2. The nursing home did not provide residents adequate supervision to prevent elopement. Section 483.25 of the Federal Code requires that nursing homes provide residents with “adequate supervision and assistance devices to prevent accidents.” An October 2018 citation found that Park Nursing Home did not adequately supervise a resident who had been “identified at risk for elopement” and who refused to wear a wander guard device. The citation goes on to state that the resident eloped the facility after climbing its back gate without staff knowledge; it notes specifically that the Registered Nursing Supervisor was not notified of the elopement until approximately three hours after it occurred, and the resident was returned after another two hours. The citation notes that the elopement was attributed in part to “a breach in security,” and the facility’s plan of correction included the termination of a security officer “who left his post.”

In just three years, the number of nursing home monitors in New York declined a whopping 37 percent. According to Utica’s Observer-Dispatch, this sharp decline leaves the number of nursing home monitors at less than half of the state’s mandatory minimums. According to elder care advocates, the number of monitors is now so low that the state could run afoul of the federal Older Americans Act.  

According to state Comptroller Thomas DiNapoli, funding cuts from the state are the primary cause of the shortage. In New York, like many other states, the nursing home monitoring program (also called an ombudsman program) is comprised of both paid state employees and volunteers. While the number of volunteer monitors has remained constant in the last decade, the number of paid monitors has declined. In 2019, only 50 paid staffers were left to cover 900 facilities. In comparison, 600 long-term care facilities have volunteer monitors. Sadly, the nursing homes that are most in need of monitoring appear to the ones stretched thin when it comes to sharing ombudsman.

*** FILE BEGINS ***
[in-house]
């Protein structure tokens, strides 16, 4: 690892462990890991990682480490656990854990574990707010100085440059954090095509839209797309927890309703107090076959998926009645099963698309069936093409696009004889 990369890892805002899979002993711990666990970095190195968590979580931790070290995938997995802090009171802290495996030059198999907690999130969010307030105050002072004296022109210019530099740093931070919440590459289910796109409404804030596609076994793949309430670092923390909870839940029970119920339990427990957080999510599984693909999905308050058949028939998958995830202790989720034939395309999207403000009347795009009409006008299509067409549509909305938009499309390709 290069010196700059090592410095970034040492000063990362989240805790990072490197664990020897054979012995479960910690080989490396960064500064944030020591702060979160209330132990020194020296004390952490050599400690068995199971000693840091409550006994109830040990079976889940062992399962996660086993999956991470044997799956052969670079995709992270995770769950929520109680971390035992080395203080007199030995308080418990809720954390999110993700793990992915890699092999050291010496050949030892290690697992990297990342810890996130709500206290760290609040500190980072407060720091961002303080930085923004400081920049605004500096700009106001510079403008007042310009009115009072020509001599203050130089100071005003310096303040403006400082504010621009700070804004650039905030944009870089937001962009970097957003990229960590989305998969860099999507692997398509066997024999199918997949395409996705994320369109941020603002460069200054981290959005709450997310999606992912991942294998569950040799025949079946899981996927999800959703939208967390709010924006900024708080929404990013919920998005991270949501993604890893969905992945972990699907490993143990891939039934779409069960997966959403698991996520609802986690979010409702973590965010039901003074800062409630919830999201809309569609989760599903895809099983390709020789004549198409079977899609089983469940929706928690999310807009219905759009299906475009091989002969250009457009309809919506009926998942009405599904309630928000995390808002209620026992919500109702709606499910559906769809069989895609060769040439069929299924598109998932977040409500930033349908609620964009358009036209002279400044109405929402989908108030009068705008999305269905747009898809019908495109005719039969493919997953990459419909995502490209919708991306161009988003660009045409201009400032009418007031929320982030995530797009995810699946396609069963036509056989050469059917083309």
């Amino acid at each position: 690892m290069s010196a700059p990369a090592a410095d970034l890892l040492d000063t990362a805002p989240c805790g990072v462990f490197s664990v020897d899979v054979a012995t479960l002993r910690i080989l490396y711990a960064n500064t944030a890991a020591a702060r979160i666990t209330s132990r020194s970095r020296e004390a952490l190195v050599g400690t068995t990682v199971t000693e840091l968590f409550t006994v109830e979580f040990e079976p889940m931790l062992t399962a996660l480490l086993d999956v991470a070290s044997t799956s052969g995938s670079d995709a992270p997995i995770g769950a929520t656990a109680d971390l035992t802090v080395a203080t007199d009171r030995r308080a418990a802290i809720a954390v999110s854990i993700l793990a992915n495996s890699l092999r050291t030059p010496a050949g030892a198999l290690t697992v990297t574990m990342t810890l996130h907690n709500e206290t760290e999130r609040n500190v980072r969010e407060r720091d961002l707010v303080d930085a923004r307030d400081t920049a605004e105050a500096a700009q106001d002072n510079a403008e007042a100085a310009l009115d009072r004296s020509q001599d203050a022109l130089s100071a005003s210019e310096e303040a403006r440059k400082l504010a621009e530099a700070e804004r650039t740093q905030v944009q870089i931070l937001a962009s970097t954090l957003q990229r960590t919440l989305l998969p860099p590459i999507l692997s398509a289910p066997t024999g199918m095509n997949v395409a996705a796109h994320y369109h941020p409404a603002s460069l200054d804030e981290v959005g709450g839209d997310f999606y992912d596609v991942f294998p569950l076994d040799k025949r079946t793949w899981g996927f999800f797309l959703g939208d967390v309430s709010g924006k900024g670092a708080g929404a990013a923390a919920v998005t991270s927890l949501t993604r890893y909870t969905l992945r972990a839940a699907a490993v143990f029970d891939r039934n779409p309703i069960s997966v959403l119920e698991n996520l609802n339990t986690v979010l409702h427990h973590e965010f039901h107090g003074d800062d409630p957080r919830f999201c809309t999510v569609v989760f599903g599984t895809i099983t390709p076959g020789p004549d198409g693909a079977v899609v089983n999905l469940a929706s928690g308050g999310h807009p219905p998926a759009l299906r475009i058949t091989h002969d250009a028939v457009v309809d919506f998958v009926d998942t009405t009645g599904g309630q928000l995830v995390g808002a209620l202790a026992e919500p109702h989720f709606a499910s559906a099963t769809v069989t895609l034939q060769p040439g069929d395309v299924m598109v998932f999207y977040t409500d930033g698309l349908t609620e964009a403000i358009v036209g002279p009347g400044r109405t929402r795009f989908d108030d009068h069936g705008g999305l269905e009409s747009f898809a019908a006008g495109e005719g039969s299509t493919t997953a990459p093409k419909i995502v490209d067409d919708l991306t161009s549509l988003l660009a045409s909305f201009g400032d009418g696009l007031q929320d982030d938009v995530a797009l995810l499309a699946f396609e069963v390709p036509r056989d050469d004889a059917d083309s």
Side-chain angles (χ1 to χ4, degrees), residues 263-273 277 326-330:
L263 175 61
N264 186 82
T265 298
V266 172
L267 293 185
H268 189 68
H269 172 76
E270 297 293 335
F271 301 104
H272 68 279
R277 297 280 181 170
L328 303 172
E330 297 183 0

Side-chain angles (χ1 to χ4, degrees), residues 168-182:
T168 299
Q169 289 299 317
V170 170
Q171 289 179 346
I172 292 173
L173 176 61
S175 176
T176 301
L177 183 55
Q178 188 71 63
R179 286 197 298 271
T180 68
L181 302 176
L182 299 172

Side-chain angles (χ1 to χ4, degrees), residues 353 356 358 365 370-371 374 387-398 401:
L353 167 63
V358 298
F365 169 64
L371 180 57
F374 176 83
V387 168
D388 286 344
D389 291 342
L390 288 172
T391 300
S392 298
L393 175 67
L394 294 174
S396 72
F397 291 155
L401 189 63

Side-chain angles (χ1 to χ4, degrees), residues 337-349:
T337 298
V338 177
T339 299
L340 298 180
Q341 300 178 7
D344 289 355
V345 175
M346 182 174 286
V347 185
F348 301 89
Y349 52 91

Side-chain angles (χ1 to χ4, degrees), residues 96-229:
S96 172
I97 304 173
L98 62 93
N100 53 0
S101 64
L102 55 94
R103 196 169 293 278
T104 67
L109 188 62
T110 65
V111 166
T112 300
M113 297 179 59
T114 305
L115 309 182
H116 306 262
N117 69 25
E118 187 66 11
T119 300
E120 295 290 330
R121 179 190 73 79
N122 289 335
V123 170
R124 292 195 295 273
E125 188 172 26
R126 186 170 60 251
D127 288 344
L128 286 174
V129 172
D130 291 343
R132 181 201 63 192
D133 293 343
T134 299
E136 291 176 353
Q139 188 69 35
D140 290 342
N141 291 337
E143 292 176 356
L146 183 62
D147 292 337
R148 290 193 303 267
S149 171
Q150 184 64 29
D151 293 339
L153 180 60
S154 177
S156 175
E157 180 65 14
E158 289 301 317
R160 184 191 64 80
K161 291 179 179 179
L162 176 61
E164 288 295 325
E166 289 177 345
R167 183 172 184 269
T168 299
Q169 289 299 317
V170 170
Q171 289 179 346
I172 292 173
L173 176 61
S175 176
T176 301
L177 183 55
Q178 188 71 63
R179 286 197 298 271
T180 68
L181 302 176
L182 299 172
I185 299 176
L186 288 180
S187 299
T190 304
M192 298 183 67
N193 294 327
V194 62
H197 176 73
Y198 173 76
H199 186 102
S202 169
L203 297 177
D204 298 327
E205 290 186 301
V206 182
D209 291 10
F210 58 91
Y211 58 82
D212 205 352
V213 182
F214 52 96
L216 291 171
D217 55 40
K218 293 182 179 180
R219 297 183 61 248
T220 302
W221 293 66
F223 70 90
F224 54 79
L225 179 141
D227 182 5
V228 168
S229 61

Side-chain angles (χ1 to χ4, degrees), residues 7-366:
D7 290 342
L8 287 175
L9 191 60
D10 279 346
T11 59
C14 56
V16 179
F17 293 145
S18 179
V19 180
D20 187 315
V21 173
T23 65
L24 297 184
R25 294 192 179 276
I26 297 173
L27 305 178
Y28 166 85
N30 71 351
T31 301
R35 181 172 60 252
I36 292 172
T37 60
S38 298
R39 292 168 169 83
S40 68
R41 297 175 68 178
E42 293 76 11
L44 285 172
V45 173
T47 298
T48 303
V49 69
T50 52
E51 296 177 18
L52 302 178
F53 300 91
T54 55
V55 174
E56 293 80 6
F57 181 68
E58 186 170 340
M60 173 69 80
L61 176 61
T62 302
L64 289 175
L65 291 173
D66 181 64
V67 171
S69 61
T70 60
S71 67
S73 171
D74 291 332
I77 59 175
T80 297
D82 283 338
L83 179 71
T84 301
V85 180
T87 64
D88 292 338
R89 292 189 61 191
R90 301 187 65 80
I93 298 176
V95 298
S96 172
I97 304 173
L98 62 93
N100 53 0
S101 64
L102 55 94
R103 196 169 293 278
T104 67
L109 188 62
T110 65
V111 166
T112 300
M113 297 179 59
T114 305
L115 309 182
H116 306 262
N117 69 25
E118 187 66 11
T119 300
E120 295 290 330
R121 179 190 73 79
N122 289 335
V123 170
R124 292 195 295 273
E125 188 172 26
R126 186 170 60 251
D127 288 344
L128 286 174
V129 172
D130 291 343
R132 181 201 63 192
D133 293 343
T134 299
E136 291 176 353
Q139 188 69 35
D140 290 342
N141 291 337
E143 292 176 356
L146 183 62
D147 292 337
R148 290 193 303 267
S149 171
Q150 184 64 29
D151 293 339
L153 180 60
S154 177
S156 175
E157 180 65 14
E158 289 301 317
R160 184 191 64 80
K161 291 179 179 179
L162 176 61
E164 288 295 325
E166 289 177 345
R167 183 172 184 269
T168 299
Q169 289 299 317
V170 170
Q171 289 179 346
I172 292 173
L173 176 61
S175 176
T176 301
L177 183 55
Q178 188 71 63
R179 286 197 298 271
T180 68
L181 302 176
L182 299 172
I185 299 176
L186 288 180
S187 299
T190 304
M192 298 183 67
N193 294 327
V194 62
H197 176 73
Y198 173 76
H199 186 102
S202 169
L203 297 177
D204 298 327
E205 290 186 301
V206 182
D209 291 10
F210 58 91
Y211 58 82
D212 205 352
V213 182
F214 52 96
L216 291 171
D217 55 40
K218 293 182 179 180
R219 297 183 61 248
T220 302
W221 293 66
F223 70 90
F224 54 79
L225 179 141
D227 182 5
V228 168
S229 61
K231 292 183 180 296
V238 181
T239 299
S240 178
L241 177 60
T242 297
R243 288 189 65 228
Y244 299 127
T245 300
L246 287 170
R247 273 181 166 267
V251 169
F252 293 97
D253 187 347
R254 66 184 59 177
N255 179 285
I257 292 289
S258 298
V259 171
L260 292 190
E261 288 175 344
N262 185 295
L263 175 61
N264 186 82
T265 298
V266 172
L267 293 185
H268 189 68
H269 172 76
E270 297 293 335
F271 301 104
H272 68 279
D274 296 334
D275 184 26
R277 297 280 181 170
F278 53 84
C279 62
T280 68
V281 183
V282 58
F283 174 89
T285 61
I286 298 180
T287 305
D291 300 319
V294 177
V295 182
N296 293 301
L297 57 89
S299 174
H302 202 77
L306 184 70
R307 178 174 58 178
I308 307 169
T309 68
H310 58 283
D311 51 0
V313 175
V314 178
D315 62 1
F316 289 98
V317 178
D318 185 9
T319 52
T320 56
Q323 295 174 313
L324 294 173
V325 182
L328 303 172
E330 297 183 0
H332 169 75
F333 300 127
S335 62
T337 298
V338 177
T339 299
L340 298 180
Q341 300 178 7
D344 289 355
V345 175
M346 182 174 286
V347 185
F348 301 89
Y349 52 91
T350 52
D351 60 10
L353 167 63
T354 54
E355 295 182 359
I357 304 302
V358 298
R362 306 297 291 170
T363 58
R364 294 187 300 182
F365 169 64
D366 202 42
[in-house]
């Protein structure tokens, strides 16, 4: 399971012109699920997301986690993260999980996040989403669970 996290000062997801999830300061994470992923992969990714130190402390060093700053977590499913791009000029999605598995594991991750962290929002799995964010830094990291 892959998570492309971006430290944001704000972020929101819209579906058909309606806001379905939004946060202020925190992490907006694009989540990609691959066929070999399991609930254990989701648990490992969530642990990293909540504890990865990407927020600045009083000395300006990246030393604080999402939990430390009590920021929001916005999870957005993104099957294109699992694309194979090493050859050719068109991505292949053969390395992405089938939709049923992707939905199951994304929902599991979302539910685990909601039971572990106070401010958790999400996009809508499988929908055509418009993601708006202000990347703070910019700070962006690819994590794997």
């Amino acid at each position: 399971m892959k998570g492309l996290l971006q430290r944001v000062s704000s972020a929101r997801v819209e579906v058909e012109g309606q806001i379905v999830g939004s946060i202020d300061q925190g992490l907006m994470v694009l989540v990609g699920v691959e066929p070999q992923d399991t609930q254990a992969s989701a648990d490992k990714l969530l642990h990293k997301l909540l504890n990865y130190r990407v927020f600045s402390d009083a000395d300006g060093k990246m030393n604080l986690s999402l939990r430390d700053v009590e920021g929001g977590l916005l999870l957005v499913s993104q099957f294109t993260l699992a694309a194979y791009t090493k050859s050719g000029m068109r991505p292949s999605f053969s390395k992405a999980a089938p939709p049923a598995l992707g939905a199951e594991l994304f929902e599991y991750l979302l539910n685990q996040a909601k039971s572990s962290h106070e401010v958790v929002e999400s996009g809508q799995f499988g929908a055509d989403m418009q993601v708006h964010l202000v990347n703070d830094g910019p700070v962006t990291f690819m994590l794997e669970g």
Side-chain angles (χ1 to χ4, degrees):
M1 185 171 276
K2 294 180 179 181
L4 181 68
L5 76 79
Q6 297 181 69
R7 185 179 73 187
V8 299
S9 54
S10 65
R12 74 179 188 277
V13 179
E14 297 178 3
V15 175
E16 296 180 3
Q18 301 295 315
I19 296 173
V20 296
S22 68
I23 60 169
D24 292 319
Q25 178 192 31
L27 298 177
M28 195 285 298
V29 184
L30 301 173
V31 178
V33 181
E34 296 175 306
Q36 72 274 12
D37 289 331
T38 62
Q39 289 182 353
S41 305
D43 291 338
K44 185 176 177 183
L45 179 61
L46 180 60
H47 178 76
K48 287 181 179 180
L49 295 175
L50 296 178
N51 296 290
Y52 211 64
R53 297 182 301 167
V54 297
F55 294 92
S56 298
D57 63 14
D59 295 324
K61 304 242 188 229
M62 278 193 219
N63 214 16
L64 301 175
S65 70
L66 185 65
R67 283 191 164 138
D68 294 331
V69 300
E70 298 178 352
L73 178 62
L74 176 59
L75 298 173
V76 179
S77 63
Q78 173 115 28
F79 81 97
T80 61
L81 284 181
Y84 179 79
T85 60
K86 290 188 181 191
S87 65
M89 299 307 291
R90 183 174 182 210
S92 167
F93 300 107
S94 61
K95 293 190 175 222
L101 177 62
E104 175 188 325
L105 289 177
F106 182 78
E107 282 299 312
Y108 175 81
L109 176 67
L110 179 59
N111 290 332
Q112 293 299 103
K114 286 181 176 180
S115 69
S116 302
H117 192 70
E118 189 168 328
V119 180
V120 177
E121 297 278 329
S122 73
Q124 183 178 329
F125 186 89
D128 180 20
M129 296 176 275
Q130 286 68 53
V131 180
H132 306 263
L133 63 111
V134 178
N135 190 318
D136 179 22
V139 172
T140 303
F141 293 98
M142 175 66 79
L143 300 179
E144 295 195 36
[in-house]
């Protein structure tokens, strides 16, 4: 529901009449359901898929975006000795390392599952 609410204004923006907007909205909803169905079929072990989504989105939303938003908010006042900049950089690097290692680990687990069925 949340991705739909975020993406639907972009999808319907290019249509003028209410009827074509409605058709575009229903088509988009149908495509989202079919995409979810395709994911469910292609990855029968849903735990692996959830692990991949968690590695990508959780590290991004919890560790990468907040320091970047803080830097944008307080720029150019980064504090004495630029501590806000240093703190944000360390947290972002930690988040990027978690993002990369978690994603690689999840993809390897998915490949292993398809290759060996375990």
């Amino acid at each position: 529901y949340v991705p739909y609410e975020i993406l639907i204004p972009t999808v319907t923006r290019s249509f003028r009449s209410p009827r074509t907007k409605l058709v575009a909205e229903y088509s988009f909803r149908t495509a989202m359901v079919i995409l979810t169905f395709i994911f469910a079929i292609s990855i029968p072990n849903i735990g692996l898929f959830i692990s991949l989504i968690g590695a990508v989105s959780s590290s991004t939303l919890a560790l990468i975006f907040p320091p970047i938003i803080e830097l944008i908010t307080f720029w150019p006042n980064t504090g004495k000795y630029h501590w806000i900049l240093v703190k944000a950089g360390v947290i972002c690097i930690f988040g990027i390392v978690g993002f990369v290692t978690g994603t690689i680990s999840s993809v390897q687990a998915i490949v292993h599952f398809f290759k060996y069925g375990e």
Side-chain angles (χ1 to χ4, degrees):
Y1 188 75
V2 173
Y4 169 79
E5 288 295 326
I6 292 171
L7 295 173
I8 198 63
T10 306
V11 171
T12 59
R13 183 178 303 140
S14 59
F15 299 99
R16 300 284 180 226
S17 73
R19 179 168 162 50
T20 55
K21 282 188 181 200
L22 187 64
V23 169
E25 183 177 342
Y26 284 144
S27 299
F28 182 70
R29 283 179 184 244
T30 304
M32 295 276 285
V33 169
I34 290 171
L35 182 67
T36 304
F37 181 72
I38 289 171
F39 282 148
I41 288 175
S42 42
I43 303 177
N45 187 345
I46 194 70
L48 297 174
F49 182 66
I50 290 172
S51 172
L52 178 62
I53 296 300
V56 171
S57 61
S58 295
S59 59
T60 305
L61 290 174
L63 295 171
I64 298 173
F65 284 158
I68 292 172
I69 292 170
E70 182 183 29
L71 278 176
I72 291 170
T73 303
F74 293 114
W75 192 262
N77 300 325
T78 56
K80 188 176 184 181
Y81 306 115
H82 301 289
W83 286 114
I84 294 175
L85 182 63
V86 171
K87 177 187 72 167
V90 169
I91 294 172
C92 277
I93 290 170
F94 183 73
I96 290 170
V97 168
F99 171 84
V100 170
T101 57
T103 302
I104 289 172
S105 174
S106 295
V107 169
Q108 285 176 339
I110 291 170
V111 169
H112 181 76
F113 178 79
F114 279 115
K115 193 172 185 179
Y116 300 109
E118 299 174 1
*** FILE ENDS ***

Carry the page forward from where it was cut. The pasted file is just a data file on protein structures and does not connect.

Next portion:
The reduced access to nursing home monitors causes “many residents… a very diminished quality of life,” volunteer ombudswoman, Sue Schafer told the newspaper. The program provides nursing home residents and patients weekly access to people who are not employed by their facility and can listen to their concerns and advocate on their behalf. Perhaps more importantly, nursing home monitors are responsible for observing a nursing home’s conditions and reporting any suspicious activities or potential abuse. 

Concord Nursing and Rehabilitation Center received 44 citations for violations of public health code between 2015 and 2019, according to New York State Department of Health records accessed on January 16, 2020. The facility also received a 2016 fine of $14,000 in connection to findings it violated health code provisions regarding administration and respiratory care. The Brooklyn nursing home’s citations resulted from a total of five surveys by state inspectors. The deficiencies they describe include the following: